Up until the late 2000s, the Pakistani music industry had a plethora of talented musicians, rising amidst a vulnerable socio-political setting. They followed in the footsteps of musical maestros Junoon and Vital Signs, whose enchanting tunes and lyrical sophistication have earned them global recognition. In recent years, however, Pakistani music enthusiasts have seen very few upcoming artists make it to the professional leagues, and the music industry has taken a nosedive. As a result, there has also been a dearth of creativity and ingenuity in the business. Considering the withering security situation in the country and the diminishing profits for musicians, there are understandably very few willing to take forward the works of earlier musicians who elevated the industry.
However, in the midst of this difficult time, there remain some outstanding exceptions in the field, who choose to value their musical passion over the monetary rewards that come with it, and who are motivated to transform and revive a stagnating industry. They have finally come up to the surface, discreetly heeding to the calls of a desperate populace through subtle lyrical messages in their music. One of these bright and daring minds is Zamad Baig, the first Pakistan Idol.
After a tongue-tying finale, Baig emerged as the winner of Pakistan Idol in April 2014. He was showered with opportunities to make large sums of money, but instead chose to “go where the heart longs to be”; to address the struggles of a country marred with socio-economic and political strife.
Baig’s life before his triumph at Idol is just as fascinating. In his own words, the prospect of taking part in a national competition seemed a distant reality in his teenage years. Little did he know that his life would transform in a few years.
Baig (center) performs at the Alhamra in 2014
Baig’s wonderful voice was quick to attract attention in his school. Encouraged by colleagues, he began participating in music competitions at school and later in college. Over time, having gained confidence, he formed a multitude of bands and performed Sufi songs at prestigious venues such as the Ali Auditorium in Lahore. However, throughout this period, Baig always sought to find something more challenging and fulfilling. This feeling enabled him to muster the courage to finally audition for Pakistan Idol in 2013.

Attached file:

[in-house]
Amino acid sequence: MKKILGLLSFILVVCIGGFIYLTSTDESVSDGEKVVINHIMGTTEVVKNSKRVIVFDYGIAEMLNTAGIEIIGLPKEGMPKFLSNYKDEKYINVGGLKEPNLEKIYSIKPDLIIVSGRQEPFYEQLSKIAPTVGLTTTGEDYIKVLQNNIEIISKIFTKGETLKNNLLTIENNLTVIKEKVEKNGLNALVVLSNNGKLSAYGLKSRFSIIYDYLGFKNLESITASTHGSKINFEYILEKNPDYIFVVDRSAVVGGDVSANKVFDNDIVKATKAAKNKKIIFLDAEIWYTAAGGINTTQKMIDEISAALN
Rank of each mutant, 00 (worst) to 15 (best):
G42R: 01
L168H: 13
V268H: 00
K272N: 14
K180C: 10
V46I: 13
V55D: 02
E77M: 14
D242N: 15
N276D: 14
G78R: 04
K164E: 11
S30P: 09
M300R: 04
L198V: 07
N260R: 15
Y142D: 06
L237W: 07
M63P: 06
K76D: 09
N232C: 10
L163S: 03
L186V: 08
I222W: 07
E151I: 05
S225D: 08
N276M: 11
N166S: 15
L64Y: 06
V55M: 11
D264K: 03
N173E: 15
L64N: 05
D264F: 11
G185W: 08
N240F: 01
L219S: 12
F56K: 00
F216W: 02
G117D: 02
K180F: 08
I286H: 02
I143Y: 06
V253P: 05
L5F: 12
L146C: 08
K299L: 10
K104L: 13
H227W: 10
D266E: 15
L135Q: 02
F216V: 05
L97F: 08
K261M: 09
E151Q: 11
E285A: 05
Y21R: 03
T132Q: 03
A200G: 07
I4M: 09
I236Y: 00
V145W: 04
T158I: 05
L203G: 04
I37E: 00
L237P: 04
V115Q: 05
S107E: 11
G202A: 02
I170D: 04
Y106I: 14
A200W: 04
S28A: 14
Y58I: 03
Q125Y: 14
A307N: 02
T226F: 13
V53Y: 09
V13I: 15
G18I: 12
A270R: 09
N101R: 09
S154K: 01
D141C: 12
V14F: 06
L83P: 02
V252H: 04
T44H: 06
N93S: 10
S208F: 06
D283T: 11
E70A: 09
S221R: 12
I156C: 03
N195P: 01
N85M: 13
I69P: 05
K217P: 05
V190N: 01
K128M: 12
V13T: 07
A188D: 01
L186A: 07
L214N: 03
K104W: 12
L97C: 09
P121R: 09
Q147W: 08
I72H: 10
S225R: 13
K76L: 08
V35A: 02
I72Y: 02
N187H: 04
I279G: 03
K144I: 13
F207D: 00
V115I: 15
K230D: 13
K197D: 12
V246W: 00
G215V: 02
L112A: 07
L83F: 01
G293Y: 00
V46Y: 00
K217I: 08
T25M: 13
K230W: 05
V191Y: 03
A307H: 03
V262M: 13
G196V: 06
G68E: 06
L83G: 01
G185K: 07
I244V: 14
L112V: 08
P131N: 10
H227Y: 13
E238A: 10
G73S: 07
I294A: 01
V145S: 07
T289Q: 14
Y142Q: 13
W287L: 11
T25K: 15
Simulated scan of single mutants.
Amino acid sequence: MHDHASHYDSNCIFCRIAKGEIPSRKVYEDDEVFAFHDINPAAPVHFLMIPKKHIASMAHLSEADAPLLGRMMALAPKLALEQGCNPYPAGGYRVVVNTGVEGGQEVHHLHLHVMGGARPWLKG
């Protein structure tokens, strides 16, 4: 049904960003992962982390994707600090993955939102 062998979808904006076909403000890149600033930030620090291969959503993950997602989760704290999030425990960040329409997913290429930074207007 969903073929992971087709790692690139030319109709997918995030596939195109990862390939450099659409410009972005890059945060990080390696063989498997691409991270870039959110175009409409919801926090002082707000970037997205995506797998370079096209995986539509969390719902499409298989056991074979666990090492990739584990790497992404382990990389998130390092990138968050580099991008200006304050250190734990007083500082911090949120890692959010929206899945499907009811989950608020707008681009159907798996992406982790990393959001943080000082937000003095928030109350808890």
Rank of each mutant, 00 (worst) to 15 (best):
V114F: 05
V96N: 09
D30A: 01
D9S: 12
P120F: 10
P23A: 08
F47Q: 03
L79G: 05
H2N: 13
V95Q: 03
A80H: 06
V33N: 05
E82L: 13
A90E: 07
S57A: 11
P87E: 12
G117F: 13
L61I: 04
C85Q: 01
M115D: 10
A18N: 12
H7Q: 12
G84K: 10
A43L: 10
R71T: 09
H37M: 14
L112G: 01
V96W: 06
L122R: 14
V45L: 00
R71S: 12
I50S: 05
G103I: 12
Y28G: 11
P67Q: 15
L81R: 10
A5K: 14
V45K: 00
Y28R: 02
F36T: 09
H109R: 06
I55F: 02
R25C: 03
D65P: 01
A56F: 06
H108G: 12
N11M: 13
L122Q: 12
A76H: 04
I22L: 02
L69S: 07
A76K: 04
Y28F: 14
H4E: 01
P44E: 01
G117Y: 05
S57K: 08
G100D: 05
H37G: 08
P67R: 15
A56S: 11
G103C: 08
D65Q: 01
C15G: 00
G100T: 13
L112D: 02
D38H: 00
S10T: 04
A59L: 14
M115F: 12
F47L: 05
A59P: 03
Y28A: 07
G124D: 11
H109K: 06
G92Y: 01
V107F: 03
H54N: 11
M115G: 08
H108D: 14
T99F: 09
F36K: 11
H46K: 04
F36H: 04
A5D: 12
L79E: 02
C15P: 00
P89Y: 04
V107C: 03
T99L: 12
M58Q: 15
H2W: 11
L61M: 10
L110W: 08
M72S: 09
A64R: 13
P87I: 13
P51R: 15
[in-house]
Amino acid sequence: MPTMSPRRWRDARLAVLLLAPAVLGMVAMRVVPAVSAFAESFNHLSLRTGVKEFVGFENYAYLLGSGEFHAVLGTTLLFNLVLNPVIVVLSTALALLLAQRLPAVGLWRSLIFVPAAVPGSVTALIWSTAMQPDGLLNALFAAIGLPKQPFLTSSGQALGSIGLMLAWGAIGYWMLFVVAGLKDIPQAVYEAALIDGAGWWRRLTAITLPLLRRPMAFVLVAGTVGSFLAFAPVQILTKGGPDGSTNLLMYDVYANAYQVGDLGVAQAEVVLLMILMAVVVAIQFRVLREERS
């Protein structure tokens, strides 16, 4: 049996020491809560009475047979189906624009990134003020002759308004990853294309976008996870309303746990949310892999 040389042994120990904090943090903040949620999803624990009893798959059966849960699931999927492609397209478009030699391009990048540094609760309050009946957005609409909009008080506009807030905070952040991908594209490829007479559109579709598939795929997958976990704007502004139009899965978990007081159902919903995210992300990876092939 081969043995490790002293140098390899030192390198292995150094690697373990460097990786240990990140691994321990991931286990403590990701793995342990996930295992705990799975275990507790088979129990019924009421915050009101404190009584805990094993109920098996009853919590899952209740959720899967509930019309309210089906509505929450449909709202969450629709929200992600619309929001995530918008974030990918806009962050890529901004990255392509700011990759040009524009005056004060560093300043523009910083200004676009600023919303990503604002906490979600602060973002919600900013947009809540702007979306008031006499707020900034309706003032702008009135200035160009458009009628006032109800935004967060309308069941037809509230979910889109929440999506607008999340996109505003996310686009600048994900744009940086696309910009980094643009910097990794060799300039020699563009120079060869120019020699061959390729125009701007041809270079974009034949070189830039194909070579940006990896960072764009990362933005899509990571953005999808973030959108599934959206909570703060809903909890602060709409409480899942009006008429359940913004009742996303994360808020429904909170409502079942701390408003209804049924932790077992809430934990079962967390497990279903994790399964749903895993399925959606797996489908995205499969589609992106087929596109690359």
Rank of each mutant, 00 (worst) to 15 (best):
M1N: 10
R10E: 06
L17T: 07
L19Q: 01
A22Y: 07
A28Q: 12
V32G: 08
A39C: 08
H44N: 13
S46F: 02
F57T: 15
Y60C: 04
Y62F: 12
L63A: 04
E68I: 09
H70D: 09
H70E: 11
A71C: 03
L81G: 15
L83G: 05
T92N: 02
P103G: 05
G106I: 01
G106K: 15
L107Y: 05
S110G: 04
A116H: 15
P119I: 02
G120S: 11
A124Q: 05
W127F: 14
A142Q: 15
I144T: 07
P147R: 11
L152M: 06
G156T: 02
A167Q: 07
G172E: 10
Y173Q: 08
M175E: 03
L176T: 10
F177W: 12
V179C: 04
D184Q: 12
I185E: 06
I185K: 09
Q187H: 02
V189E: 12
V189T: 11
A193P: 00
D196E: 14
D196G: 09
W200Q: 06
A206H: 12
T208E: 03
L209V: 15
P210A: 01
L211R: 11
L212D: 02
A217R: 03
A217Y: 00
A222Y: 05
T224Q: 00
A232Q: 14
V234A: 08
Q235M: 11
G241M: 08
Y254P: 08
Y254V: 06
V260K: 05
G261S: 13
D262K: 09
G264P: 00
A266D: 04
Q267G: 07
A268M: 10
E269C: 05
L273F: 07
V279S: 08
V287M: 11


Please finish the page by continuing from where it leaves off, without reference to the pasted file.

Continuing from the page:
An ardent supporter of individual will and positivity, Baig reminisces about the struggles he faced in the six months leading up to him finally becoming Pakistan Idol. Every day of the competition turned out to be a different scramble, but Baig remained consistent with his performances. He was always a fan of the legendary Nusrat Fateh Ali Khan due to “the strength, truth and authenticity in his lyrical expression”. Despite being in the bottom three for a record four times, he took it as a “confidence booster”, and remained motivated. Ironically, his reason behind auditioning for Pakistan Idol was never to seek glory. He never questioned whether he would win or lose; his real motivation was simply to do something he loved, and to accomplish it with complete devotion. Baig’s detachment from seeking fame and recognition is evident in a simple statement he made to every contestant: “No title has ever made an artist in this world”. Such was the transformative power of the reality show that Baig admitted to have entered “as a boy”, and left “as a man”.
Baig rejoices with his family upon winning Pakistan Idol
Baig’s future prospects seem bright; his first album, set to be released in January 2015, is his biggest project so far. Realizing the importance attached to this effort, Baig is adamant on making music that is not only true to his personality, but to the wider context of contemporary Pakistani society. The album will be a comprehensive gel of Baig’s influences, which include eastern as well as western psychedelic music, demonstrated in the raw voice Pakistanis fell for in the first place.
People in this day and age have forgotten to be inspired, and fail to appreciate the ingenuity required to perpetuate good music. Moreover, most are unable to delve deeper into the lyrical content of songs, a crucial aspect that is often overlooked today. While mystic elements of Sufi lyricism are sure to surface in Baig’s album, his primary aim is to make people aware of the various shortcomings that have started to run unrestrained in Pakistani music culture. In a fragile society where the intricacy of music is slowly fading away, it is important to appreciate the tireless efforts of artists such as Zamad Baig, who are willing to overcome any obstacles in order to restore the greatness of the once vibrant and inventive music industry of Pakistan. It is this sort of audaciousness and tenacity which can improve and evolve the society we find ourselves in today.
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